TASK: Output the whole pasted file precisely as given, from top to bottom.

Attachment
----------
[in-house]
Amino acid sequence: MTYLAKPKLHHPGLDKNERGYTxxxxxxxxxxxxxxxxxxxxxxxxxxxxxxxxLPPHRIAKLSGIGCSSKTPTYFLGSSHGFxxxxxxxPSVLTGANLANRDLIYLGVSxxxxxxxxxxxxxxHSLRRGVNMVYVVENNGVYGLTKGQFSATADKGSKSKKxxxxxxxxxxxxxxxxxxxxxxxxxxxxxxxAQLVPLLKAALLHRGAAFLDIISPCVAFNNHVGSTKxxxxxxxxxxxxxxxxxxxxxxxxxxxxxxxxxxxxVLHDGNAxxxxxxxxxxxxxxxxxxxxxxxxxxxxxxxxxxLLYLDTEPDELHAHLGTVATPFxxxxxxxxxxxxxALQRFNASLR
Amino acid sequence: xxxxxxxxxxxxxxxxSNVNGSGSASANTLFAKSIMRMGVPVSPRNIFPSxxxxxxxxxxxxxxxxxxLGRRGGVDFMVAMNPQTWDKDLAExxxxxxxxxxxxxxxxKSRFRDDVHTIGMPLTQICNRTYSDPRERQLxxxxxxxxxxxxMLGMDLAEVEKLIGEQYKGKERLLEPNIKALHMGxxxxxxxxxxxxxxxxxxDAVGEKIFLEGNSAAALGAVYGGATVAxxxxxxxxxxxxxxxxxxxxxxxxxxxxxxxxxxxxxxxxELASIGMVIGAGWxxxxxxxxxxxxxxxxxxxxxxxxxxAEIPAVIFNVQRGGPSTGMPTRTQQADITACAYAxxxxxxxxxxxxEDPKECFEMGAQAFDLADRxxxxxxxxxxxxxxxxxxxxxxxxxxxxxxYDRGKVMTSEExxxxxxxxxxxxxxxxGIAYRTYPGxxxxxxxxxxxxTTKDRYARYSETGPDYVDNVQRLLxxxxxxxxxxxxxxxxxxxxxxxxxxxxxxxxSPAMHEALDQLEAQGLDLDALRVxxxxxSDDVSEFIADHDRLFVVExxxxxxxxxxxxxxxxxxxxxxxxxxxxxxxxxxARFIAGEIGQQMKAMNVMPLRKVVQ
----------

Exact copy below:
[in-house]
Amino acid sequence: MTYLAKPKLHHPGLDKNERGYTxxxxxxxxxxxxxxxxxxxxxxxxxxxxxxxxLPPHRIAKLSGIGCSSKTPTYFLGSSHGFxxxxxxxPSVLTGANLANRDLIYLGVSxxxxxxxxxxxxxxHSLRRGVNMVYVVENNGVYGLTKGQFSATADKGSKSKKxxxxxxxxxxxxxxxxxxxxxxxxxxxxxxxAQLVPLLKAALLHRGAAFLDIISPCVAFNNHVGSTKxxxxxxxxxxxxxxxxxxxxxxxxxxxxxxxxxxxxVLHDGNAxxxxxxxxxxxxxxxxxxxxxxxxxxxxxxxxxxLLYLDTEPDELHAHLGTVATPFxxxxxxxxxxxxxALQRFNASLR
Amino acid sequence: xxxxxxxxxxxxxxxxSNVNGSGSASANTLFAKSIMRMGVPVSPRNIFPSxxxxxxxxxxxxxxxxxxLGRRGGVDFMVAMNPQTWDKDLAExxxxxxxxxxxxxxxxKSRFRDDVHTIGMPLTQICNRTYSDPRERQLxxxxxxxxxxxxMLGMDLAEVEKLIGEQYKGKERLLEPNIKALHMGxxxxxxxxxxxxxxxxxxDAVGEKIFLEGNSAAALGAVYGGATVAxxxxxxxxxxxxxxxxxxxxxxxxxxxxxxxxxxxxxxxxELASIGMVIGAGWxxxxxxxxxxxxxxxxxxxxxxxxxxAEIPAVIFNVQRGGPSTGMPTRTQQADITACAYAxxxxxxxxxxxxEDPKECFEMGAQAFDLADRxxxxxxxxxxxxxxxxxxxxxxxxxxxxxxYDRGKVMTSEExxxxxxxxxxxxxxxxGIAYRTYPGxxxxxxxxxxxxTTKDRYARYSETGPDYVDNVQRLLxxxxxxxxxxxxxxxxxxxxxxxxxxxxxxxxSPAMHEALDQLEAQGLDLDALRVxxxxxSDDVSEFIADHDRLFVVExxxxxxxxxxxxxxxxxxxxxxxxxxxxxxxxxxARFIAGEIGQQMKAMNVMPLRKVVQ